Why would I post a trip report for a 7200 ft. mountain? Because I did it the hard way, that's why! Instead of taking the nice trail which ascends the mountain's north and west sides, I free climbed the rocky east face--that imposing side you can see from Cheyenne Boulevard as you approach North Cheyenne Cañon Park.
Near the pavillion picnic area just west of the Starsmore house, a trail climbs to the top of the ridge between North and South Cheyenne Cañons. Turning west, it crosses a large, nearly flat open area before coming to where the real climb begins. From there, one winds steeply through a mix of scrub oak and rock, finally reaching a nearly level, gravelly section of the ridge behind the first major outcropping of rock. That's the last level place to stand for quite a ways, and the last of a visible trail until near the top.
From there, I just made my best guess about the route, trying to stay generally to the right (north), near the ridge line where the eastern rock face merges with the more rounded north face of Cutler. I had to stay in the rocks, though, because that north face is riven by a huge gully of rock even steeper than what I was on. So I continued up through chimneys and rock faces of varying difficulty for several hundred feet. I'm no good at estimating class difficulty numbers, but my amateur guess is that most of this would qualify as Class 4.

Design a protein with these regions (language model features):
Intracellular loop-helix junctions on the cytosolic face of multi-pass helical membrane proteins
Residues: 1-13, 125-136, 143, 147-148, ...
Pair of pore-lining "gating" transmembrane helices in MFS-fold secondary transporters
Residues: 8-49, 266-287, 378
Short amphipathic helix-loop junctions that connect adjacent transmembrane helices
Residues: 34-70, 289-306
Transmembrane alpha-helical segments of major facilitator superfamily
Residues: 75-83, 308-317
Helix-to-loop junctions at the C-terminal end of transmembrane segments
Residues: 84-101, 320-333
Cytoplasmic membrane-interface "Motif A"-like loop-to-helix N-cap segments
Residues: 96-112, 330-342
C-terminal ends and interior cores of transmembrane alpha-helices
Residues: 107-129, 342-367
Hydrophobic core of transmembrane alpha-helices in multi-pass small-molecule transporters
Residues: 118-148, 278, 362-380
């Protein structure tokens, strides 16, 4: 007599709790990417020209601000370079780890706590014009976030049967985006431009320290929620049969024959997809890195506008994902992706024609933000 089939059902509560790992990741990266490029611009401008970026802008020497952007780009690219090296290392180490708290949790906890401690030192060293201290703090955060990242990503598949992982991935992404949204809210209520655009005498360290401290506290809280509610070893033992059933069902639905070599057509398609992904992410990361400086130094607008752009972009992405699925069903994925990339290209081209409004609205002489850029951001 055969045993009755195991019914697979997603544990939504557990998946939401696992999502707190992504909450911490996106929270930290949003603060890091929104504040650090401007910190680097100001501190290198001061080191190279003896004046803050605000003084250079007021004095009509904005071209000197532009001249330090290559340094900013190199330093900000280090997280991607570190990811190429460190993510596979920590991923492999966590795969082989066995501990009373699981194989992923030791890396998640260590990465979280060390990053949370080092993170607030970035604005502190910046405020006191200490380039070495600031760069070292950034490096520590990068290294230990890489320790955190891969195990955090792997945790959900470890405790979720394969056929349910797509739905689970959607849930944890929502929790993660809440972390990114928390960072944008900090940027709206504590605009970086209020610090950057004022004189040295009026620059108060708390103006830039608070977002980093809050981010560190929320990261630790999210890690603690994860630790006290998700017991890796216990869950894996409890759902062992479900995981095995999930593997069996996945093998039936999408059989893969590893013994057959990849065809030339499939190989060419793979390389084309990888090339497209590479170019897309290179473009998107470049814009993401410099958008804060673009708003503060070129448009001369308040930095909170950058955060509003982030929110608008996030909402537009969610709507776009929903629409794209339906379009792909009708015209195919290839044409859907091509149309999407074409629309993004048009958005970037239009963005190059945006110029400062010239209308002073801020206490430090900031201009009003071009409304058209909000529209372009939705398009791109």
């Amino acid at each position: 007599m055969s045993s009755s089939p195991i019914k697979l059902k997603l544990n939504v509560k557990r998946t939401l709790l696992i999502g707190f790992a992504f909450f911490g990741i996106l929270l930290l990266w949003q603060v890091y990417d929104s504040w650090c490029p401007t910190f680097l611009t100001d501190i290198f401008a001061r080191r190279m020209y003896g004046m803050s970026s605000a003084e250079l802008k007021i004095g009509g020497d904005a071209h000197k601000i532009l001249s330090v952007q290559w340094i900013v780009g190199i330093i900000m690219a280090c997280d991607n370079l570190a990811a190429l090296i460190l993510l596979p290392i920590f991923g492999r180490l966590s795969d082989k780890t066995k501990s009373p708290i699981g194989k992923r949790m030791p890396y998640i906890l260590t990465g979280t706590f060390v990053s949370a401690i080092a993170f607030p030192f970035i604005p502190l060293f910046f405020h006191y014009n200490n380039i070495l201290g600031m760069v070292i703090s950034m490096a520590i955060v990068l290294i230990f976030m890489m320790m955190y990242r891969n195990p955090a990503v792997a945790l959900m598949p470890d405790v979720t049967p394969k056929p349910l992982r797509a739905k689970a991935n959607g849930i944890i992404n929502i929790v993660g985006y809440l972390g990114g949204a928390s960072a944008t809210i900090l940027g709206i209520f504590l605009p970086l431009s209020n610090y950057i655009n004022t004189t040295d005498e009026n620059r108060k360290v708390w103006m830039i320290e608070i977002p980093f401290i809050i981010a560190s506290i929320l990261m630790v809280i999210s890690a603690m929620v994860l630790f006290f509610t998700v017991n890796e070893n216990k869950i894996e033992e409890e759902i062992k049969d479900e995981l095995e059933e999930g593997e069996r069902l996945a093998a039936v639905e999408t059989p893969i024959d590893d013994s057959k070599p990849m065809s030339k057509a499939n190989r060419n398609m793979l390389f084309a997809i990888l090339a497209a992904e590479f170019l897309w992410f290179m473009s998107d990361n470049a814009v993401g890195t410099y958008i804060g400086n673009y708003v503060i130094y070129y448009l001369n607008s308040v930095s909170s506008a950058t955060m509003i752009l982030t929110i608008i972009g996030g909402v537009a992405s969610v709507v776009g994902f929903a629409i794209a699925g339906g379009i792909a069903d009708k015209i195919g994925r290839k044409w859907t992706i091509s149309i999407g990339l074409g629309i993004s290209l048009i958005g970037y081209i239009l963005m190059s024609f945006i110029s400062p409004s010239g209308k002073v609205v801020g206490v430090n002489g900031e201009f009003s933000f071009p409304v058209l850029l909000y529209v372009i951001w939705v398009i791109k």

The hardest part was near the top of the rocks, where a steep section of fairly smooth rock, which afforded little in the way of hand or foot holds was followed by an also short (10-15 ft.) but very steep chute which was hard to exit, thanks to few handholds right at the top. I couldn't even consider trying to take a picture; I needed all four limbs keeping me in place!
After that, however, I found myself back on the ridge crest, above the rocks, with only scree to negotiate to the top. It was still steep enough in places that I ended up using my hands some, but it was much easier that what was just below it. About 44 minutes after starting up, I reached the rock outcropping which crowns the east face. It isn't the true summit of Mt. Cutler, but it's what you see from down below, and affords much better views.
After enjoying those views briefly, I ran back down the trail (where I saw not a single other person, despite the beautiful weather), down the short section of the canyon road necessary to get to the Columbine Trail, and on down to home. I'll save trying to downclimb the east face for another day, after I have done it going up several more times.